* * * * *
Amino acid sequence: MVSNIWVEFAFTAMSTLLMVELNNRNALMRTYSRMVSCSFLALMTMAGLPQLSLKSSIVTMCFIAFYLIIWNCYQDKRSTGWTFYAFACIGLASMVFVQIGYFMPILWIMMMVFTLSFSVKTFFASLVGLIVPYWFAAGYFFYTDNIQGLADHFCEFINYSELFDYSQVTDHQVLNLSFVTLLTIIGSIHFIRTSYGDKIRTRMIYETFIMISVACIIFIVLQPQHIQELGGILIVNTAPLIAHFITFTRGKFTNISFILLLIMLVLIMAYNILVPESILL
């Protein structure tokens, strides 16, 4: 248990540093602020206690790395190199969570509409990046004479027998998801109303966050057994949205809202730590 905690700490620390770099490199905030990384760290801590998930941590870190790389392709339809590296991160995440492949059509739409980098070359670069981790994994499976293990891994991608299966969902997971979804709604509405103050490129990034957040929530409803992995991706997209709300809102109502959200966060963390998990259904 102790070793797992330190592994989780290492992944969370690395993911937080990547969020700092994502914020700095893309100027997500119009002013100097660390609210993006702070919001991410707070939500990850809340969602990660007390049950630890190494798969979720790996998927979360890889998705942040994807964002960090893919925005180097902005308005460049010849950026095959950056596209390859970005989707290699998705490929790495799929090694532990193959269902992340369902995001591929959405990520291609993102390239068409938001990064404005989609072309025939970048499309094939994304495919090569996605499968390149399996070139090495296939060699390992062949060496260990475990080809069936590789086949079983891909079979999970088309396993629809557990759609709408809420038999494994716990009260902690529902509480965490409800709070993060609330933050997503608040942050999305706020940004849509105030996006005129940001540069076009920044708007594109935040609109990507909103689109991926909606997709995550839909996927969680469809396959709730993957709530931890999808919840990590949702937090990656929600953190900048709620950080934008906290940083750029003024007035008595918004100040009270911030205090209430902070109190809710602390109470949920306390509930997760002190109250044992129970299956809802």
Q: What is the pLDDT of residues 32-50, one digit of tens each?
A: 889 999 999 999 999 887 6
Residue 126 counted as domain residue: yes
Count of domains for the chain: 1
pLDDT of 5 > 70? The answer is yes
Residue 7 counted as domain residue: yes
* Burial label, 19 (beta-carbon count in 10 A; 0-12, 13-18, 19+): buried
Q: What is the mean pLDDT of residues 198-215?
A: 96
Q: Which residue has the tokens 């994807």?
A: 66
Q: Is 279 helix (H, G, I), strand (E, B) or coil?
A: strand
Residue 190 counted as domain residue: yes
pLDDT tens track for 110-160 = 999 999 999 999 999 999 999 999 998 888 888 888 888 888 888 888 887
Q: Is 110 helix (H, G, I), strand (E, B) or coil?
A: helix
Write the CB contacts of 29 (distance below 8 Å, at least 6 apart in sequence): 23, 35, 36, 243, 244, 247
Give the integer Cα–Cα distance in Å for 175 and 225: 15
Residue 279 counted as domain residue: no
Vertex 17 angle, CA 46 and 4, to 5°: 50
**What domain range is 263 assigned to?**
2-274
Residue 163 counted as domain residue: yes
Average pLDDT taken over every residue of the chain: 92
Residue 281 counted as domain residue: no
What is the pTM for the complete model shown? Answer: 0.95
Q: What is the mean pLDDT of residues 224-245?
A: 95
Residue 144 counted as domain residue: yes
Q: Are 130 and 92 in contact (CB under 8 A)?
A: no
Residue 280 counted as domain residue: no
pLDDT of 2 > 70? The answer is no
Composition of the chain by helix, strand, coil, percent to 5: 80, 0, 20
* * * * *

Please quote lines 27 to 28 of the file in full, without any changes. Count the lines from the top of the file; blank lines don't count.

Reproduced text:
Average pLDDT taken over every residue of the chain: 92
Residue 281 counted as domain residue: no